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Singapore researchers discover potential new drug to treat deadly cancer


10:09, June 20, 2012

SINGAPORE, June 17 (Xinhua) -- Researchers in Singapore have discovered a potential new treatment that may bring some hope for cancer patients with a highly aggressive form of lymphoma, local media reported on Sunday.

Even better news: The compound involved is already being tested on a different illness - to treat rheumatoid arthritis. It has been screened for safety, and so the trial process for the patients suffering from the cancer in question - NK/T-cell lymphoma - can be cut short.

"We are now planning to start clinical trials for patients," Professor Teh Bin Tean from the National Cancer Center Singapore ( NCCS) was quoted by The Straits Times as saying.

"In a best-case scenario, the drug could be available for treatment within five years," he said.

Lymphoma is cancer that begins in the immune system. It is the fifth and sixth most common cancer here for men and women respectively, with the NCCS seeing more than 300 cases a year.

NK/T-cell lymphoma, which is rare among Caucasians, is more prevalent in Asian populations.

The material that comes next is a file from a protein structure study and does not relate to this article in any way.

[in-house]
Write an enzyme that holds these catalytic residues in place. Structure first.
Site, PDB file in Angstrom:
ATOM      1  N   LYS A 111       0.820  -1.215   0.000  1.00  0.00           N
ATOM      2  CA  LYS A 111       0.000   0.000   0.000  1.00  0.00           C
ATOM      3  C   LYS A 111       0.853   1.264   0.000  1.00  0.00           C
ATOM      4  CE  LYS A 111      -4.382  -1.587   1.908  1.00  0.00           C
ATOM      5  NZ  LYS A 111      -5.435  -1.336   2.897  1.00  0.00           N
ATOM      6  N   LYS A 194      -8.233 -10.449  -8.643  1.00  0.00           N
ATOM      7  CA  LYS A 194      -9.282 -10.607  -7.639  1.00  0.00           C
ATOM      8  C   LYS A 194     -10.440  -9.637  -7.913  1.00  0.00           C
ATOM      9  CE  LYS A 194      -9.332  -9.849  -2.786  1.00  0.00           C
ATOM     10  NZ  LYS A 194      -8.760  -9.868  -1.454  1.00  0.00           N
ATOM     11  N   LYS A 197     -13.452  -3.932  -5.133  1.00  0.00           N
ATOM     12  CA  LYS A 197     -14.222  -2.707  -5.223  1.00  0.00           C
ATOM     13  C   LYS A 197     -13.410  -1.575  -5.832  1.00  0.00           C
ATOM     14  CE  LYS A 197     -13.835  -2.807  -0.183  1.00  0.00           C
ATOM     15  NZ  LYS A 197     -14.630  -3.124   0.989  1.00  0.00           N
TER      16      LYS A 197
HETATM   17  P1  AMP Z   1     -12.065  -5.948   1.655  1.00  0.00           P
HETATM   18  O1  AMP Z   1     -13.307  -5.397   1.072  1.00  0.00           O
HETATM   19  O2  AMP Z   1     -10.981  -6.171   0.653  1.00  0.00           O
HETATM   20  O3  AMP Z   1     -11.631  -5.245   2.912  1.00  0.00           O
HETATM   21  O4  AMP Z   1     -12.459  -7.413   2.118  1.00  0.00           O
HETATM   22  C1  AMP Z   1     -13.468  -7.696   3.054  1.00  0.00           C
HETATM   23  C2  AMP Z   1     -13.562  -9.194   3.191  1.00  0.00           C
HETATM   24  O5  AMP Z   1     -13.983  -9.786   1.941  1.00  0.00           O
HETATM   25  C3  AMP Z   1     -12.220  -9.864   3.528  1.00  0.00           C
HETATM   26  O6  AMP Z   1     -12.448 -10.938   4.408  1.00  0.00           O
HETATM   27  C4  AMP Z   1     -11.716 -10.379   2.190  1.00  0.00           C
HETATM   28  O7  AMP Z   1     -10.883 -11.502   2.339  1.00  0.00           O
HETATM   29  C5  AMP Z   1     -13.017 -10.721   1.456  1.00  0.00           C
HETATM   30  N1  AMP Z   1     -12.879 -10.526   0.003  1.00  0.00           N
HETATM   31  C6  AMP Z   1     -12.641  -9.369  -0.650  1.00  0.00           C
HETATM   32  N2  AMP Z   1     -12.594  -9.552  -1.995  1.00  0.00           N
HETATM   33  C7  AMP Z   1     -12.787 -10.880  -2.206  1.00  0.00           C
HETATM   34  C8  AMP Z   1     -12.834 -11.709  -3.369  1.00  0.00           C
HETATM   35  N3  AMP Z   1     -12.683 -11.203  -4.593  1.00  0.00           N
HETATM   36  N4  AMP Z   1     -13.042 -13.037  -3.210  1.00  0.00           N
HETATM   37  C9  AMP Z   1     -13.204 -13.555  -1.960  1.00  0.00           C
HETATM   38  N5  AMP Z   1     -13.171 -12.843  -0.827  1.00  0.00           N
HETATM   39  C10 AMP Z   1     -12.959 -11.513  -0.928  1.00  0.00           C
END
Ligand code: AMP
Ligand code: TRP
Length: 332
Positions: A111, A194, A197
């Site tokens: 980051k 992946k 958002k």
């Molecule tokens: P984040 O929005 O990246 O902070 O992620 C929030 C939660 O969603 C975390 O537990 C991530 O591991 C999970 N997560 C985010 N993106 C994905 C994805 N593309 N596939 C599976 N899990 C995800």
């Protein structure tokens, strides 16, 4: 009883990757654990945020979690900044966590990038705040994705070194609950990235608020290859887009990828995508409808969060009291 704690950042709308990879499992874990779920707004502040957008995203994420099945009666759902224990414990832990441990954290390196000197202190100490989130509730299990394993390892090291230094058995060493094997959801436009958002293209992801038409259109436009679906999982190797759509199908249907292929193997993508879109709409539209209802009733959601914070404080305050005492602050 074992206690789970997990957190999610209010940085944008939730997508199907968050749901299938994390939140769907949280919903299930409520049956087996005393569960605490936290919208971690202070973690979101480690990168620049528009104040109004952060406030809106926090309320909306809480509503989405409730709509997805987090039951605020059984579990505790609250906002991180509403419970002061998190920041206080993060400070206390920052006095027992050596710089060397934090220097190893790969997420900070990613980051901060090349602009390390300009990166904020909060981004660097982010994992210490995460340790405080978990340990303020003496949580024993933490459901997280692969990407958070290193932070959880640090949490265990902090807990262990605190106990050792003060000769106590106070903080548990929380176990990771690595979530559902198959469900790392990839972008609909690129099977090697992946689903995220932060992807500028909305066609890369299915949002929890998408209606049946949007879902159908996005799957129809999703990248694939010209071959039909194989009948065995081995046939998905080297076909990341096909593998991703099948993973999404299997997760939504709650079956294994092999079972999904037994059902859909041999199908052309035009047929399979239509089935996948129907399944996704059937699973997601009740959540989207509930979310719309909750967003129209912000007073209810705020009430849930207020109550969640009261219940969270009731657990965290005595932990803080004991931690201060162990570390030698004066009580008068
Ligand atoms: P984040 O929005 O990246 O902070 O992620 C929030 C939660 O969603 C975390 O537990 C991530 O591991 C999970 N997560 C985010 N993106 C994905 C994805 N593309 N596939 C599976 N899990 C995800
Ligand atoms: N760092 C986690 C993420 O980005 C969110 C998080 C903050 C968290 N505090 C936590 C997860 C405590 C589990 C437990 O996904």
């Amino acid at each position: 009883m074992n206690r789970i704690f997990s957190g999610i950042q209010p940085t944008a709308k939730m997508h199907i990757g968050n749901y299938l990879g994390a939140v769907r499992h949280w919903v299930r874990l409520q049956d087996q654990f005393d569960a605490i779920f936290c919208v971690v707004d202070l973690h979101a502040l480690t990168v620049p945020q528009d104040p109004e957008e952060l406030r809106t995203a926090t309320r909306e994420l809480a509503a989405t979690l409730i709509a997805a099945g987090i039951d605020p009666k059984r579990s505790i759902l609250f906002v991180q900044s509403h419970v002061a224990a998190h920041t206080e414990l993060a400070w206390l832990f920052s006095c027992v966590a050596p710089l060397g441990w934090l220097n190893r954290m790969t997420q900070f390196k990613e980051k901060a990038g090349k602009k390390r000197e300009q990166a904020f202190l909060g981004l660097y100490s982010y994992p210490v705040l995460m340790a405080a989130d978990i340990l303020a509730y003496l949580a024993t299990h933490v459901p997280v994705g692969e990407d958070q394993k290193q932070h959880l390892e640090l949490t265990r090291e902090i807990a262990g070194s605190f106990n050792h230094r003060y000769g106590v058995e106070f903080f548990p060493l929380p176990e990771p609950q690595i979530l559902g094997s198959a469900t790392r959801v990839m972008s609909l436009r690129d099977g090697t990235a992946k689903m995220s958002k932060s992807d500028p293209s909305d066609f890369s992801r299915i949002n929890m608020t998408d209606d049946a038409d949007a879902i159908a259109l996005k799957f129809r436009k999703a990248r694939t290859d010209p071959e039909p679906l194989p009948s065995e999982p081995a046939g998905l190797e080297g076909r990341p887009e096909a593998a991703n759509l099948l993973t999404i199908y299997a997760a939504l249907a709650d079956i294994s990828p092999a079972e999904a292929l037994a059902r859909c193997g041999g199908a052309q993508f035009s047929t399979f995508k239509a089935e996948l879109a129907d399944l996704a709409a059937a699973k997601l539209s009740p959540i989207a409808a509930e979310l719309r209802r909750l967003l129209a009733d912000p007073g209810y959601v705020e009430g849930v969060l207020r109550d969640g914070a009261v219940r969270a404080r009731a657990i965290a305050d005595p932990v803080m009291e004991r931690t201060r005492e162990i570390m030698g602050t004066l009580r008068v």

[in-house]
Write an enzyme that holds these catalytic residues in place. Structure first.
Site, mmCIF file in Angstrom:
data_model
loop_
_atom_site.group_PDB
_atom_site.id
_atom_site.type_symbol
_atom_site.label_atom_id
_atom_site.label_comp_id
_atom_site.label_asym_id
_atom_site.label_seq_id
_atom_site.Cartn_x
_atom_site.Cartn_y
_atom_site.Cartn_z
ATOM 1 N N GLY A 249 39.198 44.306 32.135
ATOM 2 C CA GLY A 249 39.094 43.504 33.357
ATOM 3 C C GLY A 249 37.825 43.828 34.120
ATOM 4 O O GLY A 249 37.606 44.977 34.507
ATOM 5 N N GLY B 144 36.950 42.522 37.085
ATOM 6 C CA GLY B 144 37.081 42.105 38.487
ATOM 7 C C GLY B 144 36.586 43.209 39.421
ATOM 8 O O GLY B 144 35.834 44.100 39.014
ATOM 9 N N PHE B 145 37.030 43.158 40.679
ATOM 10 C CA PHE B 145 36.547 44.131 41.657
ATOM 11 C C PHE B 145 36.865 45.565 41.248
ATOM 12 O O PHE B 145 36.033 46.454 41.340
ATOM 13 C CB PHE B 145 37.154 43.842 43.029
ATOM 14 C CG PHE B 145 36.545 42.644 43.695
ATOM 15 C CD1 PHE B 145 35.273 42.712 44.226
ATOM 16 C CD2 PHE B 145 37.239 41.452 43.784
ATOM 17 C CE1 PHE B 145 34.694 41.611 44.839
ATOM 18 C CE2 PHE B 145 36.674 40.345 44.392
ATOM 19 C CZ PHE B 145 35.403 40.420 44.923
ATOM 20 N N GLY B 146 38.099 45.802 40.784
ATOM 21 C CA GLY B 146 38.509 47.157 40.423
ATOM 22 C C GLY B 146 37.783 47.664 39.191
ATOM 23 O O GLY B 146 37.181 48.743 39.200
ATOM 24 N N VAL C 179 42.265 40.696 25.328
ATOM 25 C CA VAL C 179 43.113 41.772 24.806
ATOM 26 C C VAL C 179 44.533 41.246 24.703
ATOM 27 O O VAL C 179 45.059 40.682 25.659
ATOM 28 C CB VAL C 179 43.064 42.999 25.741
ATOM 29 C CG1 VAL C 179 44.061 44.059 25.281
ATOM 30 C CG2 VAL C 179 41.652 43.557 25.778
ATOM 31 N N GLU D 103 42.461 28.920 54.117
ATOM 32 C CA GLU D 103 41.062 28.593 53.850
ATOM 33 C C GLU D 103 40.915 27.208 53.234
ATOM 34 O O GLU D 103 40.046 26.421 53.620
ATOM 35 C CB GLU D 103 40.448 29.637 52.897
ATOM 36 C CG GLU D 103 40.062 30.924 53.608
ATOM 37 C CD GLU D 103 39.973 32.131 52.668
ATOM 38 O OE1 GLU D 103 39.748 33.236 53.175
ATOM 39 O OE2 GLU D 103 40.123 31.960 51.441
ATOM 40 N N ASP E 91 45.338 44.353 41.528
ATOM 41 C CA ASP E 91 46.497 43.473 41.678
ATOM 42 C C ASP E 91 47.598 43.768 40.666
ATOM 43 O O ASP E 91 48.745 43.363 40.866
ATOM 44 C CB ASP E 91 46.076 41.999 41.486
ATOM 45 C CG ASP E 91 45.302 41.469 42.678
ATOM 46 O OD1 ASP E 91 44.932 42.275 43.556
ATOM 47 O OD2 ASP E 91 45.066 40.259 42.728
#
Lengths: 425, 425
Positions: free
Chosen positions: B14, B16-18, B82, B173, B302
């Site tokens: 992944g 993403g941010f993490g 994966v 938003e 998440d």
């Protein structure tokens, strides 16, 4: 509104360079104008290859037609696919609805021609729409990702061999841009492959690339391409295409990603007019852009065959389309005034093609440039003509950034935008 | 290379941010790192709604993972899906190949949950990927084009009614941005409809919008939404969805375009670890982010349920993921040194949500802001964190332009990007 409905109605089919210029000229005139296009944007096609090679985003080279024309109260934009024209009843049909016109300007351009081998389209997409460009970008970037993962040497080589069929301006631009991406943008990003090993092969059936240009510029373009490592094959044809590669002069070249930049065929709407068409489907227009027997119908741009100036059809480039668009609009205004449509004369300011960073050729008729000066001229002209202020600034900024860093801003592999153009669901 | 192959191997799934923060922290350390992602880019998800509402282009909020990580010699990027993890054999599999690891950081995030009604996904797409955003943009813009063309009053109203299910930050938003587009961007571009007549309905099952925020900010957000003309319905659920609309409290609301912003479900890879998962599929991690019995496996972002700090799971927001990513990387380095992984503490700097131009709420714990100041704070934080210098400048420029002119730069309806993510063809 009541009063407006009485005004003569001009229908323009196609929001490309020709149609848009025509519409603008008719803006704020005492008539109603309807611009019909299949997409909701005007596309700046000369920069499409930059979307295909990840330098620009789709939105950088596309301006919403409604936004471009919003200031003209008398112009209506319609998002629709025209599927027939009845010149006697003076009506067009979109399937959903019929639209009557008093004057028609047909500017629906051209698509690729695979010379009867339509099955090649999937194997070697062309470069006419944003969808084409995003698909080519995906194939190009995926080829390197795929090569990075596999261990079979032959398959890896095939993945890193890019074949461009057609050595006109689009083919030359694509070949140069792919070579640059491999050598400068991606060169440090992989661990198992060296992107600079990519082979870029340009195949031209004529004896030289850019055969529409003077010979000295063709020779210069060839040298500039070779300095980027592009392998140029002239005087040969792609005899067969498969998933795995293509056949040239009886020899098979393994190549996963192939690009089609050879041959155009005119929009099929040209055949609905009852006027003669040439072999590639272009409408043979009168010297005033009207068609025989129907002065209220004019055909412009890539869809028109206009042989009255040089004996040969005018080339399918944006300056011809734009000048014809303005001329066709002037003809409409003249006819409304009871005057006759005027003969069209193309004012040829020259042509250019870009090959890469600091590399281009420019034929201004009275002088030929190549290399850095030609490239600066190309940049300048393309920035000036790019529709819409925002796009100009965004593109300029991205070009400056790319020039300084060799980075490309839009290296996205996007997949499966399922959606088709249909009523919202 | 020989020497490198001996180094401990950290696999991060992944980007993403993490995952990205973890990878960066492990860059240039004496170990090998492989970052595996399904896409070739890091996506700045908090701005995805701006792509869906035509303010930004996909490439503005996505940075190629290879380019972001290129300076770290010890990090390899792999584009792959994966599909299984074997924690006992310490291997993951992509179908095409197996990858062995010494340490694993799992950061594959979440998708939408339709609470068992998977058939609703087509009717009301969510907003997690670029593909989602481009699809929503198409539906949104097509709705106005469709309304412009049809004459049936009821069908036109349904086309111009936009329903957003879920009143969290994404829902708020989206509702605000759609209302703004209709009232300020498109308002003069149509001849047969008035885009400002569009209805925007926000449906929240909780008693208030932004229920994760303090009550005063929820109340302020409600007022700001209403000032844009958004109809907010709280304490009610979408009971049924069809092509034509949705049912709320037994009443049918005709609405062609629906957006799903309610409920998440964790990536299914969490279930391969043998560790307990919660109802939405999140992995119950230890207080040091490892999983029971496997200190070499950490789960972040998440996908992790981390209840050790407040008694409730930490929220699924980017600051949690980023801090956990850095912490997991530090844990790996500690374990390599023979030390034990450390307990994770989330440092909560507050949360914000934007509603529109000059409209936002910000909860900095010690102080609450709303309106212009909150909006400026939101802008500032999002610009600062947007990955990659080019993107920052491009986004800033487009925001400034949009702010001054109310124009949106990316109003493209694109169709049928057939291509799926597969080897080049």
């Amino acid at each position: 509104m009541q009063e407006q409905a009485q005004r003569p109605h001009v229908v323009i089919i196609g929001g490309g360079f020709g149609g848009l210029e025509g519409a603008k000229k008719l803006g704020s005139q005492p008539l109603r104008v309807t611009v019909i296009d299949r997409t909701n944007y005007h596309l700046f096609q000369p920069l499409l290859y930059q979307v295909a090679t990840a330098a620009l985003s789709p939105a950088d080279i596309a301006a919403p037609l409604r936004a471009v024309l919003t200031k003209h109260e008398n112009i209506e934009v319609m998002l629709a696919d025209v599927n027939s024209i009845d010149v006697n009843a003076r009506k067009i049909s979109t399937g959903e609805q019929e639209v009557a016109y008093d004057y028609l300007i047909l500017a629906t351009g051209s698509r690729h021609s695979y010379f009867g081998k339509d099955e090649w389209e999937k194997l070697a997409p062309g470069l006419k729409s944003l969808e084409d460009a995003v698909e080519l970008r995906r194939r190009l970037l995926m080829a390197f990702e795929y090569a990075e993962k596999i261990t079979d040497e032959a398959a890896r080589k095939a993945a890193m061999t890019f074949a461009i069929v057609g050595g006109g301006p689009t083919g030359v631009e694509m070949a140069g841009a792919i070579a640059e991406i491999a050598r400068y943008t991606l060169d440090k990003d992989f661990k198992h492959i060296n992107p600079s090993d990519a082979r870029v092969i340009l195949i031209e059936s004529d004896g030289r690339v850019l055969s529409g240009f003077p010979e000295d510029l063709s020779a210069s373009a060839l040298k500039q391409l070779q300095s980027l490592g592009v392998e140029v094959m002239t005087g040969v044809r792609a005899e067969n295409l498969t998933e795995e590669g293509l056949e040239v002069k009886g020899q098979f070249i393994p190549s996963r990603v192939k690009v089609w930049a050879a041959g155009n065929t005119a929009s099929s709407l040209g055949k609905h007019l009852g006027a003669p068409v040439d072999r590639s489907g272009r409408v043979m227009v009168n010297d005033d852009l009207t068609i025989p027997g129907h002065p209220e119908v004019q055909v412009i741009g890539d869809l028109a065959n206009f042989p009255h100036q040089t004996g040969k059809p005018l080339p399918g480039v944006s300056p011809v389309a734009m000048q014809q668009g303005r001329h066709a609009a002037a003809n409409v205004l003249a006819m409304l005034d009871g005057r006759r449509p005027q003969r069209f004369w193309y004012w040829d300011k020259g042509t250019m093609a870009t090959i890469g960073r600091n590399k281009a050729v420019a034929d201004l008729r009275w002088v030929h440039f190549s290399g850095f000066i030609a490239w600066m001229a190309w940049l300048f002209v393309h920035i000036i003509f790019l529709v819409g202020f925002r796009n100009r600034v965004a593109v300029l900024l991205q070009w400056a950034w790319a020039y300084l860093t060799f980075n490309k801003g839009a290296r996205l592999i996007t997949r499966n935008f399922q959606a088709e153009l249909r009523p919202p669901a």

Teh, who is director and principal investigator at the NCCS- Vari (Van Andel Research Institute) Translational Research Laboratory in the center, hopes to start such a trial with around 25 patients in a year or two.

"I am hopeful that we might have found a molecular target for the treatment of at least some patients with this otherwise-fatal disease," he added.

His interest in the disease began when a close colleague, a South Korean in his 40s, died within six months of being diagnosed with the cancer.

In 2010, a team of more than 20 local doctors and researchers with expertise in cancer, genomics, pathology and bioinformatics came together to study it.

A member of the group, Associate Professor Tan Soo Yong, who is a senior consultant at the Singapore General Hospital's Pathology Department and director of the SingHealth Tissue Repository, said: "We could not have done it without the collaboration of experts from different fields. Research nowadays can't be done by individuals in a particular specialty."

The group sequenced all the genes in several patients' NK/T- cell lymphoma cells, and compared them with samples from more than 60 patients.

They identified mutations in the Janus kinase 3 (JAK3) gene that seemed to have a major role in driving the cancer in a significant number of patients.

"We call it gene addiction because the cancer cells are relying on the mutation for their survival," explained Teh.

A drug that targets the mutant protein has already been shown to cause such lymphoma cell lines to "commit suicide" in the laboratory.

Last Friday, the team's work was published in Cancer Discovery, a journal of the American Association for Cancer Research.


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